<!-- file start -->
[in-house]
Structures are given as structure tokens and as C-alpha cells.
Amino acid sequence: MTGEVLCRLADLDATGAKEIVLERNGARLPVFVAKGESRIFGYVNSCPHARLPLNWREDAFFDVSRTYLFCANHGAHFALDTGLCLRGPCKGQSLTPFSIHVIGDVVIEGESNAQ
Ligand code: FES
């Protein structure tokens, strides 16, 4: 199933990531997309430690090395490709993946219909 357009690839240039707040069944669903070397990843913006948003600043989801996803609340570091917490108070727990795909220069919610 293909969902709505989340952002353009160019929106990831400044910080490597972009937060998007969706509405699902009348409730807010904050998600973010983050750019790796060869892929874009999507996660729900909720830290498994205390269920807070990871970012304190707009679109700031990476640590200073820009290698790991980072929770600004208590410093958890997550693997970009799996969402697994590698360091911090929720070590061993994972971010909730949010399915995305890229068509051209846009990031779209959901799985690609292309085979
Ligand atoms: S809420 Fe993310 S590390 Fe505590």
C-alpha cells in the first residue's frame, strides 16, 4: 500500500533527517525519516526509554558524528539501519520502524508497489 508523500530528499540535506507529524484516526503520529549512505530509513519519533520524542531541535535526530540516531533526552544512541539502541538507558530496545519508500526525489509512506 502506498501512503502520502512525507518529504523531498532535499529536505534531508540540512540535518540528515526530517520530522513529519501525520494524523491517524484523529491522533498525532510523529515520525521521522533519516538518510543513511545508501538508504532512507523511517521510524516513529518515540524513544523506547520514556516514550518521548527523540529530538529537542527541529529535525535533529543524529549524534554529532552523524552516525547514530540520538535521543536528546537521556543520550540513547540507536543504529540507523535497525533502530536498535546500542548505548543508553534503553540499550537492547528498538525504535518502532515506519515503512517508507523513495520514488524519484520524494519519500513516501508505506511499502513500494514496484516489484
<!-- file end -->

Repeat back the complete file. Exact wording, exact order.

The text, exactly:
[in-house]
Structures are given as structure tokens and as C-alpha cells.
Amino acid sequence: MTGEVLCRLADLDATGAKEIVLERNGARLPVFVAKGESRIFGYVNSCPHARLPLNWREDAFFDVSRTYLFCANHGAHFALDTGLCLRGPCKGQSLTPFSIHVIGDVVIEGESNAQ
Ligand code: FES
């Protein structure tokens, strides 16, 4: 199933990531997309430690090395490709993946219909 357009690839240039707040069944669903070397990843913006948003600043989801996803609340570091917490108070727990795909220069919610 293909969902709505989340952002353009160019929106990831400044910080490597972009937060998007969706509405699902009348409730807010904050998600973010983050750019790796060869892929874009999507996660729900909720830290498994205390269920807070990871970012304190707009679109700031990476640590200073820009290698790991980072929770600004208590410093958890997550693997970009799996969402697994590698360091911090929720070590061993994972971010909730949010399915995305890229068509051209846009990031779209959901799985690609292309085979
Ligand atoms: S809420 Fe993310 S590390 Fe505590």
C-alpha cells in the first residue's frame, strides 16, 4: 500500500533527517525519516526509554558524528539501519520502524508497489 508523500530528499540535506507529524484516526503520529549512505530509513519519533520524542531541535535526530540516531533526552544512541539502541538507558530496545519508500526525489509512506 502506498501512503502520502512525507518529504523531498532535499529536505534531508540540512540535518540528515526530517520530522513529519501525520494524523491517524484523529491522533498525532510523529515520525521521522533519516538518510543513511545508501538508504532512507523511517521510524516513529518515540524513544523506547520514556516514550518521548527523540529530538529537542527541529529535525535533529543524529549524534554529532552523524552516525547514530540520538535521543536528546537521556543520550540513547540507536543504529540507523535497525533502530536498535546500542548505548543508553534503553540499550537492547528498538525504535518502532515506519515503512517508507523513495520514488524519484520524494519519500513516501508505506511499502513500494514496484516489484